A Zobel for the IDS-25
by Roger Russell


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Power factor



I was always interested in AC power transmission and some of the problems that are encountered by a power company. To efficiently deliver useful power to customers requires an understanding of the kind of load the equipment places on the power connection. Here are a few basics in alternating current. The effectiveness of power transmission is determined by the relationship of the voltage and current delivered to the load. It reminds me of the basic course in electronics at school. I remember the words ELI the ICE man. This means that for an inductor L, the voltage E leads the current I. For a capacitor C, the current I leads the voltage E.


Typical loads found in power transmission



Incandescent lamps, heating elements in stoves or furnaces



Motors and relay coils


Start and run capacitors or power factor correction capacitors.










For a power company, AC power is used most efficiently when the current is aligned with the voltage and is shown in the resistive picture. However, most equipment is inductive and tends to draw current with a delay, misaligning it with the voltage as shown in the inductive picture above. Because of the inductive reactance that is introduced, the apparent power is then higher than the useful or true power supplied to the load.



The relationship can be seen for motors and capacitors when illustrated in a polar diagram.

Power factor is a way of measuring how efficiently electrical power is being used within a customer's electrical system. These components are referred to as True Power (watts), Apparent Power (VA) and Reactive Power (VAR).



The cosine of the angle between the apparent power and true power is a measure of the power factor. True power is volts times amps times the power factor. When the current and voltage occur at the same time, the power factor is unity and is an optimum load. The greater the reactive power, the lower the power factor.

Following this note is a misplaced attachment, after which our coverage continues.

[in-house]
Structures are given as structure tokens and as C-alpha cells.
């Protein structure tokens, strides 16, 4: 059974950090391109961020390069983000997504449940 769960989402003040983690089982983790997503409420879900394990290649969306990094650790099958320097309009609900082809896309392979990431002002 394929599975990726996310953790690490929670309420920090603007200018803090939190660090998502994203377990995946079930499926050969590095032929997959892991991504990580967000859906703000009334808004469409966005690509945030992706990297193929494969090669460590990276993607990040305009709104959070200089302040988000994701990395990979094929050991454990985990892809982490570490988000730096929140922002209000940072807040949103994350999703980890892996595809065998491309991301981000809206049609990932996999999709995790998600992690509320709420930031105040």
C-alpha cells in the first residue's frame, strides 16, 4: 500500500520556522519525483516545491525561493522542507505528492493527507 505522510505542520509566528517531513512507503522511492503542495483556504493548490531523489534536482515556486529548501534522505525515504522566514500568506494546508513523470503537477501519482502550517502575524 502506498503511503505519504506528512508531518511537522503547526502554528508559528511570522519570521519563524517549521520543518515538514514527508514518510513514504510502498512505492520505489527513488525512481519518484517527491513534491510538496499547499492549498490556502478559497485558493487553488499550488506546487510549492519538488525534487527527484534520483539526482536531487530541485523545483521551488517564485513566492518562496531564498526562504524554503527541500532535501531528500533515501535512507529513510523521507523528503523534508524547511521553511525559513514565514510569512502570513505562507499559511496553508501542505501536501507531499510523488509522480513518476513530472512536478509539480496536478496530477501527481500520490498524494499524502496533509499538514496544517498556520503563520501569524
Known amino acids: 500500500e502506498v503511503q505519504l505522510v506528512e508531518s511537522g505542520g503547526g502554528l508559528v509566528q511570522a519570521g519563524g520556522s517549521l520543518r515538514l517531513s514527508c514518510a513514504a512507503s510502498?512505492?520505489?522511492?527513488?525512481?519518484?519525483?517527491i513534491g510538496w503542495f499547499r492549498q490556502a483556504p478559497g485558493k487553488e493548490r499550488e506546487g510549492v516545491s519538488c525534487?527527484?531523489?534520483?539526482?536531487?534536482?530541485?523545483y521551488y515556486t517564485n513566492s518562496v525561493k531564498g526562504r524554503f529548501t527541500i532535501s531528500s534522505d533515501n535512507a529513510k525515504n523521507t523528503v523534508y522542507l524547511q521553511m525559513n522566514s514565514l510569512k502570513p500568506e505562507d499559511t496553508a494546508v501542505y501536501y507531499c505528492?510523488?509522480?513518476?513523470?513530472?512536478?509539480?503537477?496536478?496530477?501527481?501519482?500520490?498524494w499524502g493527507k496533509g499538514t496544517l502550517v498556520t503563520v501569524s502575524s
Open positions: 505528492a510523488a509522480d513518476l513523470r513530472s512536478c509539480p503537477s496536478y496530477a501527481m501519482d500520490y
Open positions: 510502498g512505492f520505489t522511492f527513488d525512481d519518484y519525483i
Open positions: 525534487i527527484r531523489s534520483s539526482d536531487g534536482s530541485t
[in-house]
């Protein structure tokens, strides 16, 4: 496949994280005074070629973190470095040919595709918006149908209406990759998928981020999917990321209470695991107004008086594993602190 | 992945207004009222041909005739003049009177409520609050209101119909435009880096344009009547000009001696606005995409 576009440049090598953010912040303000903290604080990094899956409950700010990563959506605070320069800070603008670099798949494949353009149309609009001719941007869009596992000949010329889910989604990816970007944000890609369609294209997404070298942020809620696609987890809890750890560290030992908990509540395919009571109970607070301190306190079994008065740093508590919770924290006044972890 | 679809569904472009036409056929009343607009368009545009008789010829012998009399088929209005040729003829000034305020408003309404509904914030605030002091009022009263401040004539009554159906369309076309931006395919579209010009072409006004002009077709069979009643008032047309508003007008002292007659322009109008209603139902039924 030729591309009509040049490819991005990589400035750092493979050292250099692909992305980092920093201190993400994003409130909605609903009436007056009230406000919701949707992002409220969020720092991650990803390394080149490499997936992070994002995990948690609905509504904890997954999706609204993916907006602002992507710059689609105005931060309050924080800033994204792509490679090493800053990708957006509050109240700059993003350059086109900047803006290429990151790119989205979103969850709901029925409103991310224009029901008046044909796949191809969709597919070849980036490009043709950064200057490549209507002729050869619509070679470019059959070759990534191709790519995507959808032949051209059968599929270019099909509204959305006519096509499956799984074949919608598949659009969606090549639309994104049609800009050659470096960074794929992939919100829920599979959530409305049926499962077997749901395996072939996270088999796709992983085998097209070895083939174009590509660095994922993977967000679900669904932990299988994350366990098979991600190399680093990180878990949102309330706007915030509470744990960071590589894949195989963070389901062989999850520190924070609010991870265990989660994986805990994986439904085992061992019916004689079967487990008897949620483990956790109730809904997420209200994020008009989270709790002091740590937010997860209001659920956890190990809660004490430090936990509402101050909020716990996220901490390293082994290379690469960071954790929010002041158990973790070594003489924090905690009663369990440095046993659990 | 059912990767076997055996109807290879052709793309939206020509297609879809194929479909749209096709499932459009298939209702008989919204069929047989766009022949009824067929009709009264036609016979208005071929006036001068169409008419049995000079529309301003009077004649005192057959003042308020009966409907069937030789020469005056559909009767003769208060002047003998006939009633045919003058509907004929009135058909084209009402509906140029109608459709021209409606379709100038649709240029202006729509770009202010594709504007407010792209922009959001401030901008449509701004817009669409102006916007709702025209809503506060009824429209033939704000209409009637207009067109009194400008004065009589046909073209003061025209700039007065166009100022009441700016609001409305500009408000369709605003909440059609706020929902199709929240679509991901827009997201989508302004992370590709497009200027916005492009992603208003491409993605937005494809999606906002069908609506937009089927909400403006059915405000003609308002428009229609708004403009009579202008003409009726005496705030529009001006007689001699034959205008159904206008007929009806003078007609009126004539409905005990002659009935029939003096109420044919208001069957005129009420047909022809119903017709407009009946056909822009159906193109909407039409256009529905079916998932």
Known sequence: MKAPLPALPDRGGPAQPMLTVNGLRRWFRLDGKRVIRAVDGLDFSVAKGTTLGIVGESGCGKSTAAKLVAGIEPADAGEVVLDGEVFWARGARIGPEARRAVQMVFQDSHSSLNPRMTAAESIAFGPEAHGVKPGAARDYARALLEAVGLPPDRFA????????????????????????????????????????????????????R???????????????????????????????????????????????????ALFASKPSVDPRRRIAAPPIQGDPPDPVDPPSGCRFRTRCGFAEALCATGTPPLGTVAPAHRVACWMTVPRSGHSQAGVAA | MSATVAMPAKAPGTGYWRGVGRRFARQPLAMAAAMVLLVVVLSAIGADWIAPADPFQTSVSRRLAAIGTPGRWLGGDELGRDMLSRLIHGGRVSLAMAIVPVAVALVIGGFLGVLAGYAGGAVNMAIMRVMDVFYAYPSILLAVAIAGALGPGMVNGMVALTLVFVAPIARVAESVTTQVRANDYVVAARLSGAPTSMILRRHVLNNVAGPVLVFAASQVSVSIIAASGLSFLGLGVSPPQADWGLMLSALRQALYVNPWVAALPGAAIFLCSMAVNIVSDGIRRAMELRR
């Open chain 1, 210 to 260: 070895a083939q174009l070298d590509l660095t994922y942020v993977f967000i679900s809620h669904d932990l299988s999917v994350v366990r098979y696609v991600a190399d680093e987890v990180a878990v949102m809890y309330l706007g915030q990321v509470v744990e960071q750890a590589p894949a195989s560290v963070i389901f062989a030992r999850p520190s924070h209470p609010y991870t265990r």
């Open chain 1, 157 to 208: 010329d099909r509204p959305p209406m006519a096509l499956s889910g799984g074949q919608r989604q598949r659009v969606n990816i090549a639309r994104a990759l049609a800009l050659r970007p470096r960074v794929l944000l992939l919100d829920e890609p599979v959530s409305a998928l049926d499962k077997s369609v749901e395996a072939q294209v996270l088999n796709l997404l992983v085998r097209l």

To realign the current and voltage for an inductive load, a bank of appropriate capacitors are inserted at the load. The higher apparent power delivered by the power company is then reduced to the true power. The cancellation of inductive reactance reduces excessive current and cost to the power company. This can also be thought of as a zobel used to compensate for an inductive element. A zobel is also known as a Boucherot cell. Most power systems operate at 50Hz or 60 Hz but amplifiers and speakers operate through the whole audio spectrum and even beyond. In a similar way, loudspeaker systems are loads for the power amplifier. Zobels can also be used to cancel the reactive part of a loudspeaker load as seen by the amplifier.

IDS-25 loudspeaker and Zobels



The green curve of impedance versus frequency shows a typical IDS-25 system impedance. It is unique because it has no crossovers and is very close to that of a single driver in a test box. This is because the series-parallel connection of the 25 identical drivers comes out to the same impedance as a single driver. Impedance is 6.3 ohms at 20Hz and rises to a 13 ohm resonant peak at 180Hz If we were to look at the phase relationship between voltage and current, we would see the voltage leading the current before the impedance peak. Beyond the impedance peak, reactance is capacitive and the current leads the voltage. Rising impedance at the higher frequencies is caused by the inductance of the voice coil winding. The impedance is 7.1 ohms in the area of 500Hz and rises to 9.5 ohms at 20kHz. Unlike some wide-range drivers, the impedance at the higher frequencies would be greater if it were not for the copper shorting ring used in the voice coil gap.

Adding the Zobels


The red curve is the result of neutralizing the reactive components in the system. A series RLC circuit (zobel) having the opposite impedance characteristic is placed across the input terminals of the system. This cancels out the impedance peak. A series RC (zobel) is also placed across the system terminals to cancel out the rising impedance at higher frequencies. The overall system impedance is now essentially reduced to a resistive value ranging from 5.6 to 7.1 ohms while the driver DC resistance remains at 6.3 ohms. The system effectively presents a true power load to the amplifier.